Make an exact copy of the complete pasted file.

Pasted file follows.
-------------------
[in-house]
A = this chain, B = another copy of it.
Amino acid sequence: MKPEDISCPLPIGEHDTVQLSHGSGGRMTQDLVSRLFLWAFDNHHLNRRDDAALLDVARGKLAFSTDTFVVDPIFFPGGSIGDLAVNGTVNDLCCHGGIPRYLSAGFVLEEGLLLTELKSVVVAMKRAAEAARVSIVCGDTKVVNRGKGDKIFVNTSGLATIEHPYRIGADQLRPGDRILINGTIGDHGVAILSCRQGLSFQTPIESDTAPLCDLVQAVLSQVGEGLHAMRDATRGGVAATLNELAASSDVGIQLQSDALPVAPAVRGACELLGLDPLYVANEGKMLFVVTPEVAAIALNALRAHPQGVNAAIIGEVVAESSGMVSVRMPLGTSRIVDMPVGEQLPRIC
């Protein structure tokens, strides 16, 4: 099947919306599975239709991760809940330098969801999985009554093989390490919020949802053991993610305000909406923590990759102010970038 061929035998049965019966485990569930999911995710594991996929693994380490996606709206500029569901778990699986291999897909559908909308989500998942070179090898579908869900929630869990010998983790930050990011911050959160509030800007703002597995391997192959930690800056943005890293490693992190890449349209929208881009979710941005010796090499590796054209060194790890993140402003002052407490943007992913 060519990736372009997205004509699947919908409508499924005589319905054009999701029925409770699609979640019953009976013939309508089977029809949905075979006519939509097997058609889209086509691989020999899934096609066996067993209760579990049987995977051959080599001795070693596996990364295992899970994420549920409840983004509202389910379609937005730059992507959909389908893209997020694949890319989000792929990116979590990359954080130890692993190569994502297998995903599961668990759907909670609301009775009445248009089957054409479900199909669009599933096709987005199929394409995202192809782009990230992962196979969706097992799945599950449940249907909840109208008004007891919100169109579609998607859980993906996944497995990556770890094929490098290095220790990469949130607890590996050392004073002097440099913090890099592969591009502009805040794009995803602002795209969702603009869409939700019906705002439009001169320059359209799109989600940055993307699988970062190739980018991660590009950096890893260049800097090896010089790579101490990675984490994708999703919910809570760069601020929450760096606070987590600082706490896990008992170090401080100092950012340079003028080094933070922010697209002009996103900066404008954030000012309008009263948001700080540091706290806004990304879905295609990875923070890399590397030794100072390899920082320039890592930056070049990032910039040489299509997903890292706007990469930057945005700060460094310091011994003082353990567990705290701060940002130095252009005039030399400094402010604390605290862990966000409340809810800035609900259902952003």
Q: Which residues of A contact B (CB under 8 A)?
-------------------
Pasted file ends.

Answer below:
[in-house]
A = this chain, B = another copy of it.
Amino acid sequence: MKPEDISCPLPIGEHDTVQLSHGSGGRMTQDLVSRLFLWAFDNHHLNRRDDAALLDVARGKLAFSTDTFVVDPIFFPGGSIGDLAVNGTVNDLCCHGGIPRYLSAGFVLEEGLLLTELKSVVVAMKRAAEAARVSIVCGDTKVVNRGKGDKIFVNTSGLATIEHPYRIGADQLRPGDRILINGTIGDHGVAILSCRQGLSFQTPIESDTAPLCDLVQAVLSQVGEGLHAMRDATRGGVAATLNELAASSDVGIQLQSDALPVAPAVRGACELLGLDPLYVANEGKMLFVVTPEVAAIALNALRAHPQGVNAAIIGEVVAESSGMVSVRMPLGTSRIVDMPVGEQLPRIC
């Protein structure tokens, strides 16, 4: 099947919306599975239709991760809940330098969801999985009554093989390490919020949802053991993610305000909406923590990759102010970038 061929035998049965019966485990569930999911995710594991996929693994380490996606709206500029569901778990699986291999897909559908909308989500998942070179090898579908869900929630869990010998983790930050990011911050959160509030800007703002597995391997192959930690800056943005890293490693992190890449349209929208881009979710941005010796090499590796054209060194790890993140402003002052407490943007992913 060519990736372009997205004509699947919908409508499924005589319905054009999701029925409770699609979640019953009976013939309508089977029809949905075979006519939509097997058609889209086509691989020999899934096609066996067993209760579990049987995977051959080599001795070693596996990364295992899970994420549920409840983004509202389910379609937005730059992507959909389908893209997020694949890319989000792929990116979590990359954080130890692993190569994502297998995903599961668990759907909670609301009775009445248009089957054409479900199909669009599933096709987005199929394409995202192809782009990230992962196979969706097992799945599950449940249907909840109208008004007891919100169109579609998607859980993906996944497995990556770890094929490098290095220790990469949130607890590996050392004073002097440099913090890099592969591009502009805040794009995803602002795209969702603009869409939700019906705002439009001169320059359209799109989600940055993307699988970062190739980018991660590009950096890893260049800097090896010089790579101490990675984490994708999703919910809570760069601020929450760096606070987590600082706490896990008992170090401080100092950012340079003028080094933070922010697209002009996103900066404008954030000012309008009263948001700080540091706290806004990304879905295609990875923070890399590397030794100072390899920082320039890592930056070049990032910039040489299509997903890292706007990469930057945005700060460094310091011994003082353990567990705290701060940002130095252009005039030399400094402010604390605290862990966000409340809810800035609900259902952003």
Q: Which residues of A contact B (CB under 8 A)?